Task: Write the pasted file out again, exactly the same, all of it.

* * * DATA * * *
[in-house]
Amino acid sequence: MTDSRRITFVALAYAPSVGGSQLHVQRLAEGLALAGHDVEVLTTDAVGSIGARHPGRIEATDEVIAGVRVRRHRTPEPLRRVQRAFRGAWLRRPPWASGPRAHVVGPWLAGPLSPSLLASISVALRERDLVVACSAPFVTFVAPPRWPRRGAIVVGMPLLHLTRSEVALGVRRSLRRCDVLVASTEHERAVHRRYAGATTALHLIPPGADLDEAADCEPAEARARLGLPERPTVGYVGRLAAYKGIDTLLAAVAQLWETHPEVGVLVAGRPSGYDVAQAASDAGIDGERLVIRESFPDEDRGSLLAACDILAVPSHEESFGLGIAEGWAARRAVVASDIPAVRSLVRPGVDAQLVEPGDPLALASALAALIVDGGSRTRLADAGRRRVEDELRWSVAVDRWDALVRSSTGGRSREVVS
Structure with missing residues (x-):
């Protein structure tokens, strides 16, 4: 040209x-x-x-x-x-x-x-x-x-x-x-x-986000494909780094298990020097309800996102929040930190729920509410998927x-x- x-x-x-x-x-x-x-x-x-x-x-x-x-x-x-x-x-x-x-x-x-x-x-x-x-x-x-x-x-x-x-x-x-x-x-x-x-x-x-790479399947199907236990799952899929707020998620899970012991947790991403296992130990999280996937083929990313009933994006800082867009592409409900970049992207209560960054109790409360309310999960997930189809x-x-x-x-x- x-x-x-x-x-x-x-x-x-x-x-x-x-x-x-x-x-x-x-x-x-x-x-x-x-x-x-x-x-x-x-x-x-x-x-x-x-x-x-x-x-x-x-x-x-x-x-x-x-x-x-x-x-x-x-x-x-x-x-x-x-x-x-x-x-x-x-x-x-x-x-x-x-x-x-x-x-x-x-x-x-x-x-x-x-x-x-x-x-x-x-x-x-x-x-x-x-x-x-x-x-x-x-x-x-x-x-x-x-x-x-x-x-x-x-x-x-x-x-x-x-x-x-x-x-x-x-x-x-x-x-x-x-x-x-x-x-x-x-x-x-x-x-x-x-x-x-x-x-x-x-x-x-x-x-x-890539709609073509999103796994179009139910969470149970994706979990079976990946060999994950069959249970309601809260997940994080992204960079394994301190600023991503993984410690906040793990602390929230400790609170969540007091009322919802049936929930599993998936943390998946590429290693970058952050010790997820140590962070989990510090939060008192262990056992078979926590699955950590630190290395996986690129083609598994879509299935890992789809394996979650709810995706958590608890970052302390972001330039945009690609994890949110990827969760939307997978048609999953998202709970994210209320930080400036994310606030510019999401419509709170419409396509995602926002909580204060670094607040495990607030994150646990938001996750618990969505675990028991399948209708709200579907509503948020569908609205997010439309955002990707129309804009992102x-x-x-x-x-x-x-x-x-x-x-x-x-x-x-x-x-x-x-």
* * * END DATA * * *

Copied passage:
[in-house]
Amino acid sequence: MTDSRRITFVALAYAPSVGGSQLHVQRLAEGLALAGHDVEVLTTDAVGSIGARHPGRIEATDEVIAGVRVRRHRTPEPLRRVQRAFRGAWLRRPPWASGPRAHVVGPWLAGPLSPSLLASISVALRERDLVVACSAPFVTFVAPPRWPRRGAIVVGMPLLHLTRSEVALGVRRSLRRCDVLVASTEHERAVHRRYAGATTALHLIPPGADLDEAADCEPAEARARLGLPERPTVGYVGRLAAYKGIDTLLAAVAQLWETHPEVGVLVAGRPSGYDVAQAASDAGIDGERLVIRESFPDEDRGSLLAACDILAVPSHEESFGLGIAEGWAARRAVVASDIPAVRSLVRPGVDAQLVEPGDPLALASALAALIVDGGSRTRLADAGRRRVEDELRWSVAVDRWDALVRSSTGGRSREVVS
Structure with missing residues (x-):
């Protein structure tokens, strides 16, 4: 040209x-x-x-x-x-x-x-x-x-x-x-x-986000494909780094298990020097309800996102929040930190729920509410998927x-x- x-x-x-x-x-x-x-x-x-x-x-x-x-x-x-x-x-x-x-x-x-x-x-x-x-x-x-x-x-x-x-x-x-x-x-x-x-x-x-790479399947199907236990799952899929707020998620899970012991947790991403296992130990999280996937083929990313009933994006800082867009592409409900970049992207209560960054109790409360309310999960997930189809x-x-x-x-x- x-x-x-x-x-x-x-x-x-x-x-x-x-x-x-x-x-x-x-x-x-x-x-x-x-x-x-x-x-x-x-x-x-x-x-x-x-x-x-x-x-x-x-x-x-x-x-x-x-x-x-x-x-x-x-x-x-x-x-x-x-x-x-x-x-x-x-x-x-x-x-x-x-x-x-x-x-x-x-x-x-x-x-x-x-x-x-x-x-x-x-x-x-x-x-x-x-x-x-x-x-x-x-x-x-x-x-x-x-x-x-x-x-x-x-x-x-x-x-x-x-x-x-x-x-x-x-x-x-x-x-x-x-x-x-x-x-x-x-x-x-x-x-x-x-x-x-x-x-x-x-x-x-x-x-x-890539709609073509999103796994179009139910969470149970994706979990079976990946060999994950069959249970309601809260997940994080992204960079394994301190600023991503993984410690906040793990602390929230400790609170969540007091009322919802049936929930599993998936943390998946590429290693970058952050010790997820140590962070989990510090939060008192262990056992078979926590699955950590630190290395996986690129083609598994879509299935890992789809394996979650709810995706958590608890970052302390972001330039945009690609994890949110990827969760939307997978048609999953998202709970994210209320930080400036994310606030510019999401419509709170419409396509995602926002909580204060670094607040495990607030994150646990938001996750618990969505675990028991399948209708709200579907509503948020569908609205997010439309955002990707129309804009992102x-x-x-x-x-x-x-x-x-x-x-x-x-x-x-x-x-x-x-």